Webelos is the highest rank in Cub Scouts, and prepares boys for the transition to Boy Scouts.

For parents

There are many good troops for Webelos to join. Your pack may have a troop which is sponsored by the same organization, but with meetings at a different time and/or place. Selecting the right troop is very important for the boy's enjoyment, as well as for his parents.

Every troop has its own personality, and not every troop is right for every boy. Webelos and parents should visit a minimum of three troops, even if their pack has a troop sponsored by the same organization.

Does the troop have a Webelos Invitational for your Webelos den to attend?

You and your son should look for the following:

  • Does the troop have a variety of activities, including monthly campouts and summer camp? Are they activities your son will enjoy?
  • Does the troop have enough active trained leaders?
  • Is the troop a manageable size which provides each scout the attention they need? Even large troops can provide the proper attention, if they have a good leader-to-scout ratio.
  • Does the troop have a solid troop program planned by the scouts?
  • Is the troop run by boys? Does the troop use the patrol method?
  • Does the troop want the parent to be active as a leader or committee member?
  • Does the troop have a parent patrol for outings?
  • What percentage of the troop's scouts obtain the Eagle rank? How is the leadership helping scouts to do so?
  • How does the troop integrate new scouts into the troop?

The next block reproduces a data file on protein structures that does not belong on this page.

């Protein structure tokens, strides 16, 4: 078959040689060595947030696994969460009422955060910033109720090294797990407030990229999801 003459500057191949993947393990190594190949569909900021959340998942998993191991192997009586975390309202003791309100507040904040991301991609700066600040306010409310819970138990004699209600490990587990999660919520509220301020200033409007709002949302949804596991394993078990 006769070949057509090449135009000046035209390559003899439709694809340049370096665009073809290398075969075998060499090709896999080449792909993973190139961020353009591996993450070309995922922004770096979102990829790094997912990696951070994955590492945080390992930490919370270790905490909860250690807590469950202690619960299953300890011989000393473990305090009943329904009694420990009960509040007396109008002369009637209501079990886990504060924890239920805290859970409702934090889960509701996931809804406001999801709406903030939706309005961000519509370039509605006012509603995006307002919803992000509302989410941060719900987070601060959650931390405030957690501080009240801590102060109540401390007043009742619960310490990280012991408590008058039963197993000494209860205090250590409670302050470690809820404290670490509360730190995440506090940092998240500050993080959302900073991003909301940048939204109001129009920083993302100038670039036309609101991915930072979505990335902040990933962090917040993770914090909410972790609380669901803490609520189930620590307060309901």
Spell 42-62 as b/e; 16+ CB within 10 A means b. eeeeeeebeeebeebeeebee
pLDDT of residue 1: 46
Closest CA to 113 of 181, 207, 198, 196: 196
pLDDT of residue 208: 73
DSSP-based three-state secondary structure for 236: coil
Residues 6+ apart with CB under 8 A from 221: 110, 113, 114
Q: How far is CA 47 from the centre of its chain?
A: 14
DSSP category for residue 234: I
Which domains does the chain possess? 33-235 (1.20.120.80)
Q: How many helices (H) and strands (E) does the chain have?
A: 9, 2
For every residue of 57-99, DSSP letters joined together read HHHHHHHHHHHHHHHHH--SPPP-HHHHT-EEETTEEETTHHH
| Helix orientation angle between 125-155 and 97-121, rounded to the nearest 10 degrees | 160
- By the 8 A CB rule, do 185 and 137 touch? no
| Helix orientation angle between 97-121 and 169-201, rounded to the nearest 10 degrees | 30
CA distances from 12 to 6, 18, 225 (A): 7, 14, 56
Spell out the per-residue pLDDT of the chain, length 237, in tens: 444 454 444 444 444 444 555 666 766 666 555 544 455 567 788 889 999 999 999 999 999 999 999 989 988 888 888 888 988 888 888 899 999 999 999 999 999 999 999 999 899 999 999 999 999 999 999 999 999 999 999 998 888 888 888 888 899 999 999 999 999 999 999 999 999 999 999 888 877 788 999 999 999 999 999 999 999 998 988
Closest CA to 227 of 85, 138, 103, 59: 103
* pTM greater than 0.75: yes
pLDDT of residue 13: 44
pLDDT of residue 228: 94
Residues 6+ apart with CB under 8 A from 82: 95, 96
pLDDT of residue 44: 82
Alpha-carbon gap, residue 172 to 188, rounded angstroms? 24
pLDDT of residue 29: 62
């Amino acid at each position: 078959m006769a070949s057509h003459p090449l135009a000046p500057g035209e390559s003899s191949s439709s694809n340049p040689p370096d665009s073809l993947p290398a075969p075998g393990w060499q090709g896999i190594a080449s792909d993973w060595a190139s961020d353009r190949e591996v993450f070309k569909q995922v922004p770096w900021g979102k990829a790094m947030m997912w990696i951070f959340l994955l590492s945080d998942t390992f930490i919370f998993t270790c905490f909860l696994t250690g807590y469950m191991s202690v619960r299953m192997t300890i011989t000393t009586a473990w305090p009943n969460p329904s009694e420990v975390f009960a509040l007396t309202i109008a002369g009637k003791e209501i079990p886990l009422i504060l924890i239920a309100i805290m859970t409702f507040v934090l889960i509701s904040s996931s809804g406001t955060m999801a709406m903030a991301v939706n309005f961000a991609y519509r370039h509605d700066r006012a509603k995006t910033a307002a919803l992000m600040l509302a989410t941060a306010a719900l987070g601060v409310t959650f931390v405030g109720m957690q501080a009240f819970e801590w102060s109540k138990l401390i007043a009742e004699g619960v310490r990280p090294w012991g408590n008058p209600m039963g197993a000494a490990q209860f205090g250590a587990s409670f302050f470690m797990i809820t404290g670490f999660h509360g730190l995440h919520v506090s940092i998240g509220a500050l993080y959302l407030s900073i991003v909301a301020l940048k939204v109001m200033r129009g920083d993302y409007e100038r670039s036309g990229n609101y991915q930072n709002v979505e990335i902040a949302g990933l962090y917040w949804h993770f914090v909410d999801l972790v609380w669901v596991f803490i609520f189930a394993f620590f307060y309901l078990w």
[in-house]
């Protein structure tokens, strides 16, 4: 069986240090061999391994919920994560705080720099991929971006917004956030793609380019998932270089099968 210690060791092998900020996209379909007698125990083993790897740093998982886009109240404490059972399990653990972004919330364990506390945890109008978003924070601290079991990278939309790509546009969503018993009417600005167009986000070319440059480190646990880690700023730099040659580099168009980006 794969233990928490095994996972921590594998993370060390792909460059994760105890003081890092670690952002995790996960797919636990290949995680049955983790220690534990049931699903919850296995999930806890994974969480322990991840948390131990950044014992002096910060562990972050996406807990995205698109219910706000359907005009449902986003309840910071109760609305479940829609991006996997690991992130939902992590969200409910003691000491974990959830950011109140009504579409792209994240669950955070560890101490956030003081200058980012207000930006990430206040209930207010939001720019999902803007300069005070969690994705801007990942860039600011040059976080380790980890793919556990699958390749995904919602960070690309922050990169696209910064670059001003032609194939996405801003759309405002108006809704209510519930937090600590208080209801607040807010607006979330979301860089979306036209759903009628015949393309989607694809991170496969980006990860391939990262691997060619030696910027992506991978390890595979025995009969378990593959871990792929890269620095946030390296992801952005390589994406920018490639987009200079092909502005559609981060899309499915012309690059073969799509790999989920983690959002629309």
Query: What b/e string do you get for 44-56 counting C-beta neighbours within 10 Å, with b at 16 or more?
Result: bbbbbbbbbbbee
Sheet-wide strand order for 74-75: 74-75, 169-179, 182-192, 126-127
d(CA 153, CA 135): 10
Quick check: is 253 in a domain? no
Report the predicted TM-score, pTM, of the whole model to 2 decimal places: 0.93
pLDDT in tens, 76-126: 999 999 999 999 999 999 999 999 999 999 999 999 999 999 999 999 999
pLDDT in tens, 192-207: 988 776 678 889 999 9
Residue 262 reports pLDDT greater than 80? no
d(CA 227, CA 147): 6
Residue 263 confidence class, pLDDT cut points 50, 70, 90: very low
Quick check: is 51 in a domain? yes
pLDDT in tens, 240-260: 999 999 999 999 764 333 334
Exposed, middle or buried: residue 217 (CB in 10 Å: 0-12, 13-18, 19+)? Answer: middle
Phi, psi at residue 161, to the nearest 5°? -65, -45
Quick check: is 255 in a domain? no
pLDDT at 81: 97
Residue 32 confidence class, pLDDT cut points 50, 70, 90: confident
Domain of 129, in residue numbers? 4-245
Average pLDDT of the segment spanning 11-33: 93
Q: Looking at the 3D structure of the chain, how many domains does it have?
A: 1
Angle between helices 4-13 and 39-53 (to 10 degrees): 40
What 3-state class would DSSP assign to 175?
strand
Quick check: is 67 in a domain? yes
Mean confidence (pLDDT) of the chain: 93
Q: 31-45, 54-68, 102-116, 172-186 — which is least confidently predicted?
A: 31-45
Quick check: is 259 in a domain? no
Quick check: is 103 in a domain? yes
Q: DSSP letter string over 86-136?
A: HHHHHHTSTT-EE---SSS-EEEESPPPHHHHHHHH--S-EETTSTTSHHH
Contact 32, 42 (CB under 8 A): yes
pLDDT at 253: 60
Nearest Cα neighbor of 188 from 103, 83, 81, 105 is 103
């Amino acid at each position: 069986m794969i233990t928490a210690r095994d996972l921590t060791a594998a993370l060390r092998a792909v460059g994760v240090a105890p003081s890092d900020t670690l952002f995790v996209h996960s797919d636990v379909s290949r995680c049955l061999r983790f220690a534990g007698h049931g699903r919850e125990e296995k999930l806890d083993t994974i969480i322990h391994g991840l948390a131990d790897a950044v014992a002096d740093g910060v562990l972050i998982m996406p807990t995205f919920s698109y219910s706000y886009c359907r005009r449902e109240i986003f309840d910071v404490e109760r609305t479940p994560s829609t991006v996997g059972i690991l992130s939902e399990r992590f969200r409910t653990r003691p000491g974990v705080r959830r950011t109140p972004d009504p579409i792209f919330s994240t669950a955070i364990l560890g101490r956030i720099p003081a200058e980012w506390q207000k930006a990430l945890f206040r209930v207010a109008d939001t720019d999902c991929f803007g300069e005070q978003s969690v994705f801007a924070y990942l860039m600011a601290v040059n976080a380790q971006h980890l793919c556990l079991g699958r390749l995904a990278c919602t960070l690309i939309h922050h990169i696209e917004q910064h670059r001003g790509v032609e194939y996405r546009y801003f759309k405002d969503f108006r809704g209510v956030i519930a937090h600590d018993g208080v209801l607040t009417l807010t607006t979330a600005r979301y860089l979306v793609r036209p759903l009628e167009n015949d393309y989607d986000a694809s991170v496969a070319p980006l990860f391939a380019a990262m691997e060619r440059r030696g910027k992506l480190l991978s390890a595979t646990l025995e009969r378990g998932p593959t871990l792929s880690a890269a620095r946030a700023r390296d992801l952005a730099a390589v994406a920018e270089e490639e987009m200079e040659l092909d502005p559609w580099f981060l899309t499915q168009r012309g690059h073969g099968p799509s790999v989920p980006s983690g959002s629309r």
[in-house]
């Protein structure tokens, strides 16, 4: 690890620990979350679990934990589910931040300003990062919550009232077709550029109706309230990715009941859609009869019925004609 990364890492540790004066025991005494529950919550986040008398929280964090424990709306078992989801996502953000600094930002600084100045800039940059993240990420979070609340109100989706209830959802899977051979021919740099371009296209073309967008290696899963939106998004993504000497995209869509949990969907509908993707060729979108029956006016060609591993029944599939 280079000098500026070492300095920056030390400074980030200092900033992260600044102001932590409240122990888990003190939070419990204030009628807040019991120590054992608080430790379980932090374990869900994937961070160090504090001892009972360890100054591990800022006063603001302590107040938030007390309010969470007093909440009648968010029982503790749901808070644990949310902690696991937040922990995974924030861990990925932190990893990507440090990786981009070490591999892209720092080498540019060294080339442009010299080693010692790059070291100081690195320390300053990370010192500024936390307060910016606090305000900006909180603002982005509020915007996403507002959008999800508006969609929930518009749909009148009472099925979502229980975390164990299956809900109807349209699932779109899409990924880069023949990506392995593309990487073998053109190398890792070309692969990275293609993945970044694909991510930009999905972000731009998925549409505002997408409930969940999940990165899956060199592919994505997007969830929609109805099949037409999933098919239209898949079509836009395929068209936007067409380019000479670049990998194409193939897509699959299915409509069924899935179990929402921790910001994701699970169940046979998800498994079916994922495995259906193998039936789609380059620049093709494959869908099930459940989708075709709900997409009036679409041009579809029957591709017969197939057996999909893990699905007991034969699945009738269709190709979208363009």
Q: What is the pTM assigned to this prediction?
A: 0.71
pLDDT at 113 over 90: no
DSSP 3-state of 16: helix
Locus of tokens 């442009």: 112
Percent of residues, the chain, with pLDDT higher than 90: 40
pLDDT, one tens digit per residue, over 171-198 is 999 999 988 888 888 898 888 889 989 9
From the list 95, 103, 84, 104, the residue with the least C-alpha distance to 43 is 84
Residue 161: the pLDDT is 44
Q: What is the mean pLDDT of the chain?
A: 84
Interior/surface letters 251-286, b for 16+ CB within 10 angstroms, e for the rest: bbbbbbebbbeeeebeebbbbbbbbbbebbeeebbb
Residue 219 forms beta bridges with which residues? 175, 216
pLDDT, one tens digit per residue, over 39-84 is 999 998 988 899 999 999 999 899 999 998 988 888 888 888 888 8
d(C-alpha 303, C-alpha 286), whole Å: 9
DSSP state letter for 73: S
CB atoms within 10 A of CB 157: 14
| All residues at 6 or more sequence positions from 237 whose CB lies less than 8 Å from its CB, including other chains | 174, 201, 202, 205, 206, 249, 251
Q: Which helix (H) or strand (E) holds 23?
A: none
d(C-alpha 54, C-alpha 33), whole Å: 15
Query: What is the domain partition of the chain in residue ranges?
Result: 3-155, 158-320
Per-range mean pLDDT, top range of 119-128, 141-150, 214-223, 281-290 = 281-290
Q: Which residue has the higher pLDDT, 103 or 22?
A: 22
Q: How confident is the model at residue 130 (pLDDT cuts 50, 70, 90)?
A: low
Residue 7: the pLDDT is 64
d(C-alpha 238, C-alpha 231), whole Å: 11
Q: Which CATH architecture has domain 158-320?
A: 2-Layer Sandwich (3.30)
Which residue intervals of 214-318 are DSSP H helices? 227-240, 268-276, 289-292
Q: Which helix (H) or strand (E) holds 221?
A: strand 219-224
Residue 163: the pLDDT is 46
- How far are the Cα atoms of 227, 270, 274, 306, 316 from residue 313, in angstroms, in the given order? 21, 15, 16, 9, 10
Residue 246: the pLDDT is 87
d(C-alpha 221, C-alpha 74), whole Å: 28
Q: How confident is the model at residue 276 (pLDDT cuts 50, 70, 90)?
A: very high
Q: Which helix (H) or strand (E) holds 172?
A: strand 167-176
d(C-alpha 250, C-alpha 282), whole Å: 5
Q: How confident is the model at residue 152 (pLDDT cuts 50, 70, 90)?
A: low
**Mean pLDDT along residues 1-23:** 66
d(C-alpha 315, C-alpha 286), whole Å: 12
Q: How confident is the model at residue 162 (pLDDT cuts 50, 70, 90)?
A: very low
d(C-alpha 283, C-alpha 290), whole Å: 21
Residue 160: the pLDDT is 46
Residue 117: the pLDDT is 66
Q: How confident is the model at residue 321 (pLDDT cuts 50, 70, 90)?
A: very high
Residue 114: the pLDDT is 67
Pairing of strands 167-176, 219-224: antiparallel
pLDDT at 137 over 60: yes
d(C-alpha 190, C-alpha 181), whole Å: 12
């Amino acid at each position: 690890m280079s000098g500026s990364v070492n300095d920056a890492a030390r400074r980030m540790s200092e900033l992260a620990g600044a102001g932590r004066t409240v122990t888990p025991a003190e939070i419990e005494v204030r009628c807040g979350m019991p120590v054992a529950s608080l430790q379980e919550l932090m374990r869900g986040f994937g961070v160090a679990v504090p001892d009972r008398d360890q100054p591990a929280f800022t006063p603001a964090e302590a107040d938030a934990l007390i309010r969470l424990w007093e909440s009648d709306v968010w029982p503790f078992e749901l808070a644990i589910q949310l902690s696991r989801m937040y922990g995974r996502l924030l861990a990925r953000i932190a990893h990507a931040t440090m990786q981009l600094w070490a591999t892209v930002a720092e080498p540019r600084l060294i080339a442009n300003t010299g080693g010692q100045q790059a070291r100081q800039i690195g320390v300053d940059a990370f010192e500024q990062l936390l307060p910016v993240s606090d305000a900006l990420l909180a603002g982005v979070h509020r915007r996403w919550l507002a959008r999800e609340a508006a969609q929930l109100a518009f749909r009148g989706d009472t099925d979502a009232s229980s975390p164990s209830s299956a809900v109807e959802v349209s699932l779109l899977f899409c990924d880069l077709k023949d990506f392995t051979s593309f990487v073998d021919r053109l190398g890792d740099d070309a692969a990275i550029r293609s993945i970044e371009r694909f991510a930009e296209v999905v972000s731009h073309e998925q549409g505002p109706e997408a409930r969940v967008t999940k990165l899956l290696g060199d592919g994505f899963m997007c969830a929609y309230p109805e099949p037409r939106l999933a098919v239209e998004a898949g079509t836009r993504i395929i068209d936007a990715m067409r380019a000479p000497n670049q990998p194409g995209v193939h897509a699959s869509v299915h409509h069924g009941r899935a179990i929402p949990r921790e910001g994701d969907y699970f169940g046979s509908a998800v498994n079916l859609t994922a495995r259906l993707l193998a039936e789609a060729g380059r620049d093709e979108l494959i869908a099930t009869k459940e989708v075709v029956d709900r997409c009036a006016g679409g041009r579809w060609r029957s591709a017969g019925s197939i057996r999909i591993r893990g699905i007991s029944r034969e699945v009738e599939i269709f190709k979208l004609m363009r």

• What are the monthly, annual, and per-outing costs of membership? What equipment is expected? Does the troop have fundraisers for scouts to earn money to offset the cost?

It is important for your son to select the right troop. It should be a positive experience that he and you will remember for a lifetime.

For Cub Scout leaders

It should be the goal of the Cubmaster and Webelos den leaders to graduate every Webelos Scout into a Boy Scout troop. The key to accomplishing this is to begin promoting Boy Scouting when Cub Scouts are still in their Tiger, Wolf, and Bear dens, and to sell the sizzle of the great outdoors. Scouting should be viewed as an ongoing adventure, and the progression should be as normal as moving from elementary school to middle school.

For Boy Scout leaders

Boy Scout troops should assign an assistant Scoutmaster or a troop committee member to be responsible for new Scouts, which would include developing a relationship with the Cubmaster and the Webelos den leaders. This person serves as a resource during Webelos overnight activities and builds enthusiasm among boys and their parents for the exciting challenges that await them in Boy Scouting.